These were the words that came to mind as I sought to complete an item on my to-do list today.
I’d put together a short to-do list before going on break. Nothing crazy, just a few things to help me get organized and prepare for the next six months, which will likely be just as intense as the last.
But running errands wasn’t going exactly as expected. So, I stopped and asked myself: “Is this something I really need to do right now?”
And I soon realized it wasn’t.
“I’m on break. My priority is to disconnect, rest, exercise, and get some sun.”
What I Realized
On my walk, I took some time to think about why my mind was feeding me those words: “I’m done trying to be great.”
And the answer was forthcoming, and much simpler than expected.
I need more rest, and my resilience isn’t at its best. That’s it!
It’s funny how much tiredness and fatigue can affect your mood and state of mind. Sometimes, it isn’t deeply seated trauma from childhood or an all-out spiritual battle. Sometimes it’s just that you’ve had too much caffeine!
What I’m saying is:
It’s altogether too easy to overthink and over-intellectualize everything. Sometimes the answers are right under your nose.
Is This Something I Need to do Right Now?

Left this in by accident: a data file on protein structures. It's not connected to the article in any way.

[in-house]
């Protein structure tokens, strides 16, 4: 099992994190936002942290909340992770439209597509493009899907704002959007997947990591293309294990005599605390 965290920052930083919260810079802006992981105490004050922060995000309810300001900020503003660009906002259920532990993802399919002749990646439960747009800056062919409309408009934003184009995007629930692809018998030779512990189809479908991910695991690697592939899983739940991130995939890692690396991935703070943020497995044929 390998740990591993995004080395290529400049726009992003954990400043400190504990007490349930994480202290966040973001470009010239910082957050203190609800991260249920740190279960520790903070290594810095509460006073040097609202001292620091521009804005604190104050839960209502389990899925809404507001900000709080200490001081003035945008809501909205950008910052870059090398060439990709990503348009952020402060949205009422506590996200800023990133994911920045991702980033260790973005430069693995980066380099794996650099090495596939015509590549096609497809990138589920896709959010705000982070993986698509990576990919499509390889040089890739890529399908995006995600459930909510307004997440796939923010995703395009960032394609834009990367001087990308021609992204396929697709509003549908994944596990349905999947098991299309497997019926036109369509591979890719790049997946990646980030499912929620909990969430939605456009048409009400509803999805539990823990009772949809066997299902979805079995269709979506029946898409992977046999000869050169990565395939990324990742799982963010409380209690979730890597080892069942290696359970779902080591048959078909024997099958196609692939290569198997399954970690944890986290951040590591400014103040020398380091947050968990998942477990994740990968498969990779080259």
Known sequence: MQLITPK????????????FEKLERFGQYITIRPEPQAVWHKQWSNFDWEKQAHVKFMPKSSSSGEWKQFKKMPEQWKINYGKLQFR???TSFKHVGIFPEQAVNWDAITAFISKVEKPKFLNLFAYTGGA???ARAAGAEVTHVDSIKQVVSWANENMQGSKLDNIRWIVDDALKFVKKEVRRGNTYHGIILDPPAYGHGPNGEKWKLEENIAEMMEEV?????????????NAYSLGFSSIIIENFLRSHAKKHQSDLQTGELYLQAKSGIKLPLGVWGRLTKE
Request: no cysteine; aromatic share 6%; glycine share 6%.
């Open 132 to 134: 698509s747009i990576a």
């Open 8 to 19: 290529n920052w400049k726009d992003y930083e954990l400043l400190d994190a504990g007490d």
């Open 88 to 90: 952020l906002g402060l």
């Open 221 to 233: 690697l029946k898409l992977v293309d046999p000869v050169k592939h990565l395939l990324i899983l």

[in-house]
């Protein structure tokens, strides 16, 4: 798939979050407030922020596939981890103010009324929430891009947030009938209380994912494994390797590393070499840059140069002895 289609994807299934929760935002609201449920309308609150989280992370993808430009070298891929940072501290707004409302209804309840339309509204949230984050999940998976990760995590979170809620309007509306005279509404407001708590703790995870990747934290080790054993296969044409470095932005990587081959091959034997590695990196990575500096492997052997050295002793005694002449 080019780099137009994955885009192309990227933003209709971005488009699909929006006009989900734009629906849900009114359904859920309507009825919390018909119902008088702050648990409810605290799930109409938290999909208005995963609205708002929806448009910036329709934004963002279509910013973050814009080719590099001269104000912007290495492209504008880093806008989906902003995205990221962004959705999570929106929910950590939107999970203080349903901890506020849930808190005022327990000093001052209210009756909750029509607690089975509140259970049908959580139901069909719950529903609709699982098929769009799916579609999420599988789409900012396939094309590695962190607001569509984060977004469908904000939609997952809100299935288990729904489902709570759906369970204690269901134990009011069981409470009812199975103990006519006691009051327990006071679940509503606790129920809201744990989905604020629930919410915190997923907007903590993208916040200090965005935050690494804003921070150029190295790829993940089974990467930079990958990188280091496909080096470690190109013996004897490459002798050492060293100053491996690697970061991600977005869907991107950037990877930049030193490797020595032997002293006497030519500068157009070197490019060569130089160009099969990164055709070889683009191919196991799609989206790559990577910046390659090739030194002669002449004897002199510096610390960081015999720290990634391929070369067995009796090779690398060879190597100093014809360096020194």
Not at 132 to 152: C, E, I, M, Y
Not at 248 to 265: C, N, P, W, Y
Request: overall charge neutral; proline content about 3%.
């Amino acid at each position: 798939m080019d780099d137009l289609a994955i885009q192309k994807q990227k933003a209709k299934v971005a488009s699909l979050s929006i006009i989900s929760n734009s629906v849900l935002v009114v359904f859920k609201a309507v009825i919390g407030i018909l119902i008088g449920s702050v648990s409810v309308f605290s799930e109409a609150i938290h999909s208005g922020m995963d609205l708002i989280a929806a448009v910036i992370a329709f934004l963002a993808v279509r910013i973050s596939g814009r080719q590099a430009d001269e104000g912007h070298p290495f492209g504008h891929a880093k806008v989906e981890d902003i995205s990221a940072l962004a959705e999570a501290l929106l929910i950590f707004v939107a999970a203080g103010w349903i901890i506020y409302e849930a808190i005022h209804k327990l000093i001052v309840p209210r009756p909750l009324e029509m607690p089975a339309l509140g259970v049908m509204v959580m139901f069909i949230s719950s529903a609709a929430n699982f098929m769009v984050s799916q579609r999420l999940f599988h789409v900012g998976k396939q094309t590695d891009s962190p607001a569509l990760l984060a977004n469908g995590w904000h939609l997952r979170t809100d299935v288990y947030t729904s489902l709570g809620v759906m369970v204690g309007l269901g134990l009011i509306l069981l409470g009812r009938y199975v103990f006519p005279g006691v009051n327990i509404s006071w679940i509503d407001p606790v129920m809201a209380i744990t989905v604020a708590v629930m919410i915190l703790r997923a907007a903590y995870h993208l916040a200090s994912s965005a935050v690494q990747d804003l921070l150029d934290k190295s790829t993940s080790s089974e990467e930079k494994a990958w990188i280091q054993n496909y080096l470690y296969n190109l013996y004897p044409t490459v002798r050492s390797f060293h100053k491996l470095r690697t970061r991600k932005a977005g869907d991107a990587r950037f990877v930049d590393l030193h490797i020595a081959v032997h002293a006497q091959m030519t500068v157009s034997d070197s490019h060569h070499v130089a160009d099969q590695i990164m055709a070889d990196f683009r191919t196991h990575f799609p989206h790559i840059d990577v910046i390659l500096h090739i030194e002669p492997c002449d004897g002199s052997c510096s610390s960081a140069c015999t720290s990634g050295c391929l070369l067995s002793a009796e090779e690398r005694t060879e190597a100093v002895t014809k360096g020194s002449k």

While reflecting, I also recognized the value of this question.
If you’re an ambitious creative or creator, chances are you have a to-do list a mile long already. Although everyone says to prioritize, this can be tough when you have so many tasks and projects to consider.
What I’m beginning to discover, though, is that about 80% of my list either doesn’t need to be done now or doesn’t need to be done at all.
By that logic, you should only be left with 20% of your list, which you should find easier to prioritize.
If you want to take it a step further, then do as Tim Ferriss does and find the one decision that removes 100. Find and focus on the one thing that will make most if not all others a mere triviality.
But if you do choose this path, know one thing – it may take days, weeks, or even months of thinking and reflection to uncover what that one thing is.
So, Am I Done Trying to be Great?
Well, in a manner of speaking, yes.
I’m done trying to be great when I can’t even be expected to be at, or give, my best.
Those hours are best spent in a cocoon – getting away from electronics, resting, getting some exercise, and bathing in the sun. If the world permits, travel, and pool as well.
This can also be a good time to think and reflect. But only if I’m ready. If I need to give my mind a rest too, I will.
It’s one thing to try to be Superman when you’re at your best, but you’ve got to switch that off while you’re on break. Expectations should be loosed. Surrender and let go. Don’t be hard on yourself.
This seems to create more flow in life, anyway. Things come easier when you aren’t trying so hard. And maybe it’s the best way to live.
Leave greatness to superheroes. Be you because that’s what people are going to be attracted to. Being you is how you will find your unique purpose, voice, and calling. Being you is the magic that attracts all you desire in life.
Beginning Tuesday, I’m going to be taking a little over a week off.